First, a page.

Monday, April 30, 2007

Carteret, Le Port

The small town of Carteret is part of the larger Barneville-Carteret agglomeration. Larger is a loaded word ; the whole place has just over 2,400 permanent residents (les Carteretais and les Barnevillais). That population certainly increases in the summer months.

The town and port of Carteret, when the tide is in. When the tide is out, there's almost no water in the port, just mud.

Ken actually knows a woman who has a summer house in Carteret ; he worked with her in Washington, DC, back in the mid 1980's. I've since met her, and Ken visited her house a couple of years ago with mutual friends. The two of us took our dog Collette and went back to Carteret for an night in May of 2005. It was windy and cold, but the dog loved running on the beach, as she always had in San Francisco.

Hôtel le Carteret.

I took the above photo of the hotel back in 1992, for the novelty of the name (Ken's home county), and we stayed there in 2005. It was alright, but not great. I think we may have been the only guests that night. At least it seemed that way.

Collette on the windy beach at Carteret in 2005 (photo by Ken).

Sunday, April 29, 2007

Le Sémaphore De Carteret

The little town of Carteret is about a quarter of the way down the west coast of the Cotentin peninsula from Cap de la Hague. We wanted to stop there because Ken grew up in Carteret County, North Carolina, and we thought it would be cool to see the place. The English islands of Jersey and Guernsey are off the coast and ferries run to them from the port at Carteret.

Ruins of rock walls on the bluff near the Sémaphore de Carteret.

Before we got to the town, however, we stopped at le Sémaphore de Carteret on the cape just to the west of town. A sémaphore is like a lighthouse, but serves as a post of communication between shore and ship through the use of optical (lights/flags) signals. We use the same word in English.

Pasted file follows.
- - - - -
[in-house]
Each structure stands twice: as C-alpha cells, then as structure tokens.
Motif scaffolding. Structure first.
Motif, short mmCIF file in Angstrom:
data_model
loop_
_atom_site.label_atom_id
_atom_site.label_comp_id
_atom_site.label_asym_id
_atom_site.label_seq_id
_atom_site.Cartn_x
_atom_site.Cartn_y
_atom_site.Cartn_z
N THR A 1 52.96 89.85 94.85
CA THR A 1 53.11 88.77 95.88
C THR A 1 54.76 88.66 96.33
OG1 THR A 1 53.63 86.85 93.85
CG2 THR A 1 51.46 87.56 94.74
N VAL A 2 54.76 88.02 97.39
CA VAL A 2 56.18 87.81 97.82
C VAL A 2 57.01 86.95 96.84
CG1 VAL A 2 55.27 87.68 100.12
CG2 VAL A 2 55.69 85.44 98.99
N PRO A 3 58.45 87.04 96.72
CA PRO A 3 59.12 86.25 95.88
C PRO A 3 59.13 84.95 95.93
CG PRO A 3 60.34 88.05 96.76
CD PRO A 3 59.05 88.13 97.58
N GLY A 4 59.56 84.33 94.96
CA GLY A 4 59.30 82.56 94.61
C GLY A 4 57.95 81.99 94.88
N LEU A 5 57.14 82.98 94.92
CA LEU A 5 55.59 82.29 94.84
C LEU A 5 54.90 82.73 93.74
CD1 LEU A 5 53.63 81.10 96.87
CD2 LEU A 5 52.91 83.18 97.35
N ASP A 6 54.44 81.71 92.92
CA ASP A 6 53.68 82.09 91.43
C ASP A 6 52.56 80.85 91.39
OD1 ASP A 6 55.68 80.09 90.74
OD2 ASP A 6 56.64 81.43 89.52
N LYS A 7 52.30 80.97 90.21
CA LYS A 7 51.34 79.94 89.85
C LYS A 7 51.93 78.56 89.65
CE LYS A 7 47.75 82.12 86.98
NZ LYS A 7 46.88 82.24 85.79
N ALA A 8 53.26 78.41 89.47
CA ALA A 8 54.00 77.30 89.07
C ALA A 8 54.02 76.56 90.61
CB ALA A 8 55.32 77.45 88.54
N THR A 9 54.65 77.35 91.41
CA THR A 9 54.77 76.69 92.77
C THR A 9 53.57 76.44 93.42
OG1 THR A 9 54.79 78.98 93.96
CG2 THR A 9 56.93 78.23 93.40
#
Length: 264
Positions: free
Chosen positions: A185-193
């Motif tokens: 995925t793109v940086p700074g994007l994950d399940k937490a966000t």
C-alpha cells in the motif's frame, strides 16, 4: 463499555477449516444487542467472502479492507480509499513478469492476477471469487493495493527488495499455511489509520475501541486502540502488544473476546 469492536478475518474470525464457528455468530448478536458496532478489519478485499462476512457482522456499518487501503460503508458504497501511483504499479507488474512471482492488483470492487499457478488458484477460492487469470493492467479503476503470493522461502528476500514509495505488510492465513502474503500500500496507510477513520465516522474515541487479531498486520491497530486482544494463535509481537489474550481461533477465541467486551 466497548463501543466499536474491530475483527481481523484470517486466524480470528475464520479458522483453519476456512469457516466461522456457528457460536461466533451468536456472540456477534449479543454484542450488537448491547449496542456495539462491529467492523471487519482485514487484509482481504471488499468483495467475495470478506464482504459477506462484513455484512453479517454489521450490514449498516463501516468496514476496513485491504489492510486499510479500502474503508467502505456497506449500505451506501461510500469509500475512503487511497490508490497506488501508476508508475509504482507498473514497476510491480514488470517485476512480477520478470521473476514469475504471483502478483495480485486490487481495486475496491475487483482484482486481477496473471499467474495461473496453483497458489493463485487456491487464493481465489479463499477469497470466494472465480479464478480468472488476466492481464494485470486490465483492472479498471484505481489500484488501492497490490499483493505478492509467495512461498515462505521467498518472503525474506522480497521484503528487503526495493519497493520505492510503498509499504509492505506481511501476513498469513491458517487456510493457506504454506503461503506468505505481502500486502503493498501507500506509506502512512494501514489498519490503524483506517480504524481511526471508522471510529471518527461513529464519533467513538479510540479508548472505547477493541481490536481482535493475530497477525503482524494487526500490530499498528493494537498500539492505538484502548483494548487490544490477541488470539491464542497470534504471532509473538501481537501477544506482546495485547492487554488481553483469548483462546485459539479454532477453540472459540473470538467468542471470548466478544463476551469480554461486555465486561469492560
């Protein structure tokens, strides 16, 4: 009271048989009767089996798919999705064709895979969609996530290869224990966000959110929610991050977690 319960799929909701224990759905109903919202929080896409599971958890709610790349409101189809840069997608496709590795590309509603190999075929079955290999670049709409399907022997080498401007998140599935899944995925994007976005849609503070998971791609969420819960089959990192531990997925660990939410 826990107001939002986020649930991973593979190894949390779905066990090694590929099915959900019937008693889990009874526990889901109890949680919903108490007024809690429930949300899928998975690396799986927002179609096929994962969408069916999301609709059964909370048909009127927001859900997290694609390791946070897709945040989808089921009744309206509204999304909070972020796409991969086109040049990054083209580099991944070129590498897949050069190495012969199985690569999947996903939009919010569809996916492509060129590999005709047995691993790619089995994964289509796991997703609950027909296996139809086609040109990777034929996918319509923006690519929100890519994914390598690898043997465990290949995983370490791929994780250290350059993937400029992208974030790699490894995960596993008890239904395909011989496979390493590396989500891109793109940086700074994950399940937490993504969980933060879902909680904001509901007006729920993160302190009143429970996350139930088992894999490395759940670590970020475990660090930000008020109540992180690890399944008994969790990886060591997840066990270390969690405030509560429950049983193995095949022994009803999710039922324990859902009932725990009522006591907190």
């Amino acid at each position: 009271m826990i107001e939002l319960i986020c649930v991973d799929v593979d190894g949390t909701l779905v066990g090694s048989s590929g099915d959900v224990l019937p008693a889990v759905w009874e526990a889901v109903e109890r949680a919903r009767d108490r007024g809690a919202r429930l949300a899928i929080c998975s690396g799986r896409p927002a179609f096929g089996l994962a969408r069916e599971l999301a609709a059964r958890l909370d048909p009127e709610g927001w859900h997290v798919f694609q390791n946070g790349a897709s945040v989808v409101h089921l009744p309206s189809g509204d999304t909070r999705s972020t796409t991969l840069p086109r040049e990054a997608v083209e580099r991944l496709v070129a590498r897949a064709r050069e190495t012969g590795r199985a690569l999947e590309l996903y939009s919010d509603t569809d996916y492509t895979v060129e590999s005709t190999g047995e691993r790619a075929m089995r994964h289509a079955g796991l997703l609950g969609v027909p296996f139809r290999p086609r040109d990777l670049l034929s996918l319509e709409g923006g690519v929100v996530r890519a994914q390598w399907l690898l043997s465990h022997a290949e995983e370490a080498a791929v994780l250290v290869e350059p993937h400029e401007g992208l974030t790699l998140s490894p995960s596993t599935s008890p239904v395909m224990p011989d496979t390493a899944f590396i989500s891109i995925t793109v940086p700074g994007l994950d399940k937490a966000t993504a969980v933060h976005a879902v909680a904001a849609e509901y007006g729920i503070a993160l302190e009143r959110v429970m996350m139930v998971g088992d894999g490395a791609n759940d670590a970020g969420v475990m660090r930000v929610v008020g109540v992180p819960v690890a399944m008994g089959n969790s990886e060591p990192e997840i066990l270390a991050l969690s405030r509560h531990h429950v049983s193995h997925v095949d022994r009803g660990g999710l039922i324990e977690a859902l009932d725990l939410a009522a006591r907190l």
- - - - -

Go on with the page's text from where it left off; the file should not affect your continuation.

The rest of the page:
Le Sémaphore de Carteret.

The sémaphore sits high up on a bluff, of course, and the views were pretty spectacular. The west coast of the peninsula is quite different from the northern coast of Normandy. The land no longer ends in abrupt cliffs but in undulating hills and headlands with great expanses of sandy beach. I didn't see the east coast of the peninsula until many years later.

A view toward the north from the headlands at the Cap de Carteret.

After a look and a few photos, we drove down into the town of Carteret itself.

Saturday, April 28, 2007

Le Cotentin

We arrived at the west coast of the Cotentin peninsula near Barneville-Carteret and drove north to the end. There is a lighthouse there, on the Cap de la Hague, which I believe is the subject of some famous photographs. Since I don't have those, mine will have to do.

The lighthouse at Cap de la Hague in calm seas, looking across the channel toward Dorset, England.

As I said previously, we went on to Cherbourg where we found a hotel and a small restaurant on the old port. We were pretty much the only customers that night and I can't remember what we ate.

Land meets sea at the bay of Ecalgrain. Someone had painted skulls and crosses on the bollards.

The next morning we retraced our steps along the coast to the lighthouse and drove down the west coast of the peninsula all the way south to the Bay of Mont-St.-Michel, stopping to take in the views and snap pictures. The sky was overcast and the muted colors of the land and water made for some dark pictures.

A tiny fishing boat in the bay of Ecalgrain.

Every now and then the sky brightened up as the clouds thinned, but the sun never really came out that day.

A close-up of the fishing boat.

Friday, April 27, 2007

Omaha Beach

I'm not an aficionado of the Second World War, so the idea of "doing the beaches" was not the reason we were in this part of Normandy. Still, you can't help but see the monuments, cemeteries, and historical markers when you are there. And they make you think about what took place there only sixty-three years ago.

The Norman coast at Omaha Beach.

We stopped at Omaha Beach. The cold January wind whipped along the coast and being outside was not all that pleasant. Taking photos was difficult, but I got some. The gray-brown water in the channel hit the rocky coast pretty hard that day, but the huge scale of the place made it all seem pretty mild.

The monument commemorating the invasion of Normandy on June 6, 1944.